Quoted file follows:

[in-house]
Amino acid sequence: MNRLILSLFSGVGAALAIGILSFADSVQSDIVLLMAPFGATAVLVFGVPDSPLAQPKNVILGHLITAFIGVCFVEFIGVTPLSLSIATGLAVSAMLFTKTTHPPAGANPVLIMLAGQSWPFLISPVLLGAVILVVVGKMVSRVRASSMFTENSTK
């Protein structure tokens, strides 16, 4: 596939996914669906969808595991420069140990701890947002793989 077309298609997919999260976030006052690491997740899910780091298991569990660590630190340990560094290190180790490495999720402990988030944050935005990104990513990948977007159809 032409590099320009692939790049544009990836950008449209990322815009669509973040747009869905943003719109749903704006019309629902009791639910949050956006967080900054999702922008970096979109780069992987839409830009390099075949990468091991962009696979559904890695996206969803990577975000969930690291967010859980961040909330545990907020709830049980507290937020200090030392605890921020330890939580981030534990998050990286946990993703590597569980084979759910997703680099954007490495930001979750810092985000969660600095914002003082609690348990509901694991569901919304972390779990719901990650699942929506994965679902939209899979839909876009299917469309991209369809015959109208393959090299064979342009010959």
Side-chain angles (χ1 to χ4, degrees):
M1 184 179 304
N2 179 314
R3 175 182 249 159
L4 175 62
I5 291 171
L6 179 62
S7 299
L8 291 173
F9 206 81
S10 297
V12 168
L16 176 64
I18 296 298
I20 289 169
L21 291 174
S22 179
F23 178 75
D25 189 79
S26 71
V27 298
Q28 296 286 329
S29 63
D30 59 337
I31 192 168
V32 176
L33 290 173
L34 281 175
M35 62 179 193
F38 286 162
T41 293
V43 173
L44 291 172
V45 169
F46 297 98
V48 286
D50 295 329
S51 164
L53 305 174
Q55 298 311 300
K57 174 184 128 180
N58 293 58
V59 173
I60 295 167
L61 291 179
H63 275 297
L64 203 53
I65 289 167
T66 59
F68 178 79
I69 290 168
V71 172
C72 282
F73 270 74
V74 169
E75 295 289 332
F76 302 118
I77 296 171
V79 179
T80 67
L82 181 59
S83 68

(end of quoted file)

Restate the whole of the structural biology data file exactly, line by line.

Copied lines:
[in-house]
Amino acid sequence: MNRLILSLFSGVGAALAIGILSFADSVQSDIVLLMAPFGATAVLVFGVPDSPLAQPKNVILGHLITAFIGVCFVEFIGVTPLSLSIATGLAVSAMLFTKTTHPPAGANPVLIMLAGQSWPFLISPVLLGAVILVVVGKMVSRVRASSMFTENSTK
């Protein structure tokens, strides 16, 4: 596939996914669906969808595991420069140990701890947002793989 077309298609997919999260976030006052690491997740899910780091298991569990660590630190340990560094290190180790490495999720402990988030944050935005990104990513990948977007159809 032409590099320009692939790049544009990836950008449209990322815009669509973040747009869905943003719109749903704006019309629902009791639910949050956006967080900054999702922008970096979109780069992987839409830009390099075949990468091991962009696979559904890695996206969803990577975000969930690291967010859980961040909330545990907020709830049980507290937020200090030392605890921020330890939580981030534990998050990286946990993703590597569980084979759910997703680099954007490495930001979750810092985000969660600095914002003082609690348990509901694991569901919304972390779990719901990650699942929506994965679902939209899979839909876009299917469309991209369809015959109208393959090299064979342009010959």
Side-chain angles (χ1 to χ4, degrees):
M1 184 179 304
N2 179 314
R3 175 182 249 159
L4 175 62
I5 291 171
L6 179 62
S7 299
L8 291 173
F9 206 81
S10 297
V12 168
L16 176 64
I18 296 298
I20 289 169
L21 291 174
S22 179
F23 178 75
D25 189 79
S26 71
V27 298
Q28 296 286 329
S29 63
D30 59 337
I31 192 168
V32 176
L33 290 173
L34 281 175
M35 62 179 193
F38 286 162
T41 293
V43 173
L44 291 172
V45 169
F46 297 98
V48 286
D50 295 329
S51 164
L53 305 174
Q55 298 311 300
K57 174 184 128 180
N58 293 58
V59 173
I60 295 167
L61 291 179
H63 275 297
L64 203 53
I65 289 167
T66 59
F68 178 79
I69 290 168
V71 172
C72 282
F73 270 74
V74 169
E75 295 289 332
F76 302 118
I77 296 171
V79 179
T80 67
L82 181 59
S83 68